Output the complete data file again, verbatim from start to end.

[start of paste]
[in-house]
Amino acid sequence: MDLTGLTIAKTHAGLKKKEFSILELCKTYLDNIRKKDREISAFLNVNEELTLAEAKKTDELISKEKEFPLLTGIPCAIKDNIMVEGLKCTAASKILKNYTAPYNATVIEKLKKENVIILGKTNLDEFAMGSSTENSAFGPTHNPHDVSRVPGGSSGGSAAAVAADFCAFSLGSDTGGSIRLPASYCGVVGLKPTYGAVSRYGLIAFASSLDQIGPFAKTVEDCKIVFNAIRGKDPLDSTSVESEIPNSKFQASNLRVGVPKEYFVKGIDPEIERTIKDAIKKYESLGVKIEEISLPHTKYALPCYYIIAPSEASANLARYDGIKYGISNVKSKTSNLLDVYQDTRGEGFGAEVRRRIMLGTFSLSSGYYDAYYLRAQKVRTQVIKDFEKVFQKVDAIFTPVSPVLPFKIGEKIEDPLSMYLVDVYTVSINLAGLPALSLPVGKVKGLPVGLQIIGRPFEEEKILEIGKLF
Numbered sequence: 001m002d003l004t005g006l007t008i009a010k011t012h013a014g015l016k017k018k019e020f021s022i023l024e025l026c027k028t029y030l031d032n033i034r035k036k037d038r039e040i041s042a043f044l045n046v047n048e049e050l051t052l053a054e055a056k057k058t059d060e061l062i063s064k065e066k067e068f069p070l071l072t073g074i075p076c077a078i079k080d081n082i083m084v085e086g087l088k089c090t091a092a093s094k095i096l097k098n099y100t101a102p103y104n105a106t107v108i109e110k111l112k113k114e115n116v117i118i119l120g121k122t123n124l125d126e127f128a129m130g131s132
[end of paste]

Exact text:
[in-house]
Amino acid sequence: MDLTGLTIAKTHAGLKKKEFSILELCKTYLDNIRKKDREISAFLNVNEELTLAEAKKTDELISKEKEFPLLTGIPCAIKDNIMVEGLKCTAASKILKNYTAPYNATVIEKLKKENVIILGKTNLDEFAMGSSTENSAFGPTHNPHDVSRVPGGSSGGSAAAVAADFCAFSLGSDTGGSIRLPASYCGVVGLKPTYGAVSRYGLIAFASSLDQIGPFAKTVEDCKIVFNAIRGKDPLDSTSVESEIPNSKFQASNLRVGVPKEYFVKGIDPEIERTIKDAIKKYESLGVKIEEISLPHTKYALPCYYIIAPSEASANLARYDGIKYGISNVKSKTSNLLDVYQDTRGEGFGAEVRRRIMLGTFSLSSGYYDAYYLRAQKVRTQVIKDFEKVFQKVDAIFTPVSPVLPFKIGEKIEDPLSMYLVDVYTVSINLAGLPALSLPVGKVKGLPVGLQIIGRPFEEEKILEIGKLF
Numbered sequence: 001m002d003l004t005g006l007t008i009a010k011t012h013a014g015l016k017k018k019e020f021s022i023l024e025l026c027k028t029y030l031d032n033i034r035k036k037d038r039e040i041s042a043f044l045n046v047n048e049e050l051t052l053a054e055a056k057k058t059d060e061l062i063s064k065e066k067e068f069p070l071l072t073g074i075p076c077a078i079k080d081n082i083m084v085e086g087l088k089c090t091a092a093s094k095i096l097k098n099y100t101a102p103y104n105a106t107v108i109e110k111l112k113k114e115n116v117i118i119l120g121k122t123n124l125d126e127f128a129m130g131s132